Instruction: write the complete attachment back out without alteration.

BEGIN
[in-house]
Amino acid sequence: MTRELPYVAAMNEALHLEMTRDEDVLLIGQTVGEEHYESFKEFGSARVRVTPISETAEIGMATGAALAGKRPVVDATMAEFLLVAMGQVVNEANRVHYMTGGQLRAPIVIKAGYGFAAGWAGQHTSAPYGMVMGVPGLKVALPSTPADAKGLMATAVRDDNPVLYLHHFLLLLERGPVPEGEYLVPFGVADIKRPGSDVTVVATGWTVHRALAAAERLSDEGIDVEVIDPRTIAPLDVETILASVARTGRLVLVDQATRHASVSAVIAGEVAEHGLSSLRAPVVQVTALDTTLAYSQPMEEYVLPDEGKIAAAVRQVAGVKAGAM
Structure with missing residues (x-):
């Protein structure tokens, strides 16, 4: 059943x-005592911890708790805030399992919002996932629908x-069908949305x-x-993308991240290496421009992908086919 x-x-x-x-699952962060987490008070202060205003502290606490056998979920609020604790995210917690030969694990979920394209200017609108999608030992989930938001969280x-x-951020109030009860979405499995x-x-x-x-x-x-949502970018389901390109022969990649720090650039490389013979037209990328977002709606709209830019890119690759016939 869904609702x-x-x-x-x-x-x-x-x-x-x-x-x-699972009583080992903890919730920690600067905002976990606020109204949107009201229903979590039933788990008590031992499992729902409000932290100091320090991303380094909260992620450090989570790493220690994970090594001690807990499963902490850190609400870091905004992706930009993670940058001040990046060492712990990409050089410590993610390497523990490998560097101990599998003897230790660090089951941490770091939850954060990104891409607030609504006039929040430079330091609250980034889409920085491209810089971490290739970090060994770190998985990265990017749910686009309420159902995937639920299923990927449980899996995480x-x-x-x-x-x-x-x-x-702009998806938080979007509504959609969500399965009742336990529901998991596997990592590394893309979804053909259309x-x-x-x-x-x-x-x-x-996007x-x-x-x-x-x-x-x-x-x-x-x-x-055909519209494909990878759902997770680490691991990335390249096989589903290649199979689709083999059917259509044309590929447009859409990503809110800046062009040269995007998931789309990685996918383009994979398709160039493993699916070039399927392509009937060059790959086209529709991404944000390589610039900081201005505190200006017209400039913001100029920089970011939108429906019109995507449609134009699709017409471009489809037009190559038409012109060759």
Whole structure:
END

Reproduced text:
[in-house]
Amino acid sequence: MTRELPYVAAMNEALHLEMTRDEDVLLIGQTVGEEHYESFKEFGSARVRVTPISETAEIGMATGAALAGKRPVVDATMAEFLLVAMGQVVNEANRVHYMTGGQLRAPIVIKAGYGFAAGWAGQHTSAPYGMVMGVPGLKVALPSTPADAKGLMATAVRDDNPVLYLHHFLLLLERGPVPEGEYLVPFGVADIKRPGSDVTVVATGWTVHRALAAAERLSDEGIDVEVIDPRTIAPLDVETILASVARTGRLVLVDQATRHASVSAVIAGEVAEHGLSSLRAPVVQVTALDTTLAYSQPMEEYVLPDEGKIAAAVRQVAGVKAGAM
Structure with missing residues (x-):
């Protein structure tokens, strides 16, 4: 059943x-005592911890708790805030399992919002996932629908x-069908949305x-x-993308991240290496421009992908086919 x-x-x-x-699952962060987490008070202060205003502290606490056998979920609020604790995210917690030969694990979920394209200017609108999608030992989930938001969280x-x-951020109030009860979405499995x-x-x-x-x-x-949502970018389901390109022969990649720090650039490389013979037209990328977002709606709209830019890119690759016939 869904609702x-x-x-x-x-x-x-x-x-x-x-x-x-699972009583080992903890919730920690600067905002976990606020109204949107009201229903979590039933788990008590031992499992729902409000932290100091320090991303380094909260992620450090989570790493220690994970090594001690807990499963902490850190609400870091905004992706930009993670940058001040990046060492712990990409050089410590993610390497523990490998560097101990599998003897230790660090089951941490770091939850954060990104891409607030609504006039929040430079330091609250980034889409920085491209810089971490290739970090060994770190998985990265990017749910686009309420159902995937639920299923990927449980899996995480x-x-x-x-x-x-x-x-x-702009998806938080979007509504959609969500399965009742336990529901998991596997990592590394893309979804053909259309x-x-x-x-x-x-x-x-x-996007x-x-x-x-x-x-x-x-x-x-x-x-x-055909519209494909990878759902997770680490691991990335390249096989589903290649199979689709083999059917259509044309590929447009859409990503809110800046062009040269995007998931789309990685996918383009994979398709160039493993699916070039399927392509009937060059790959086209529709991404944000390589610039900081201005505190200006017209400039913001100029920089970011939108429906019109995507449609134009699709017409471009489809037009190559038409012109060759």
Whole structure: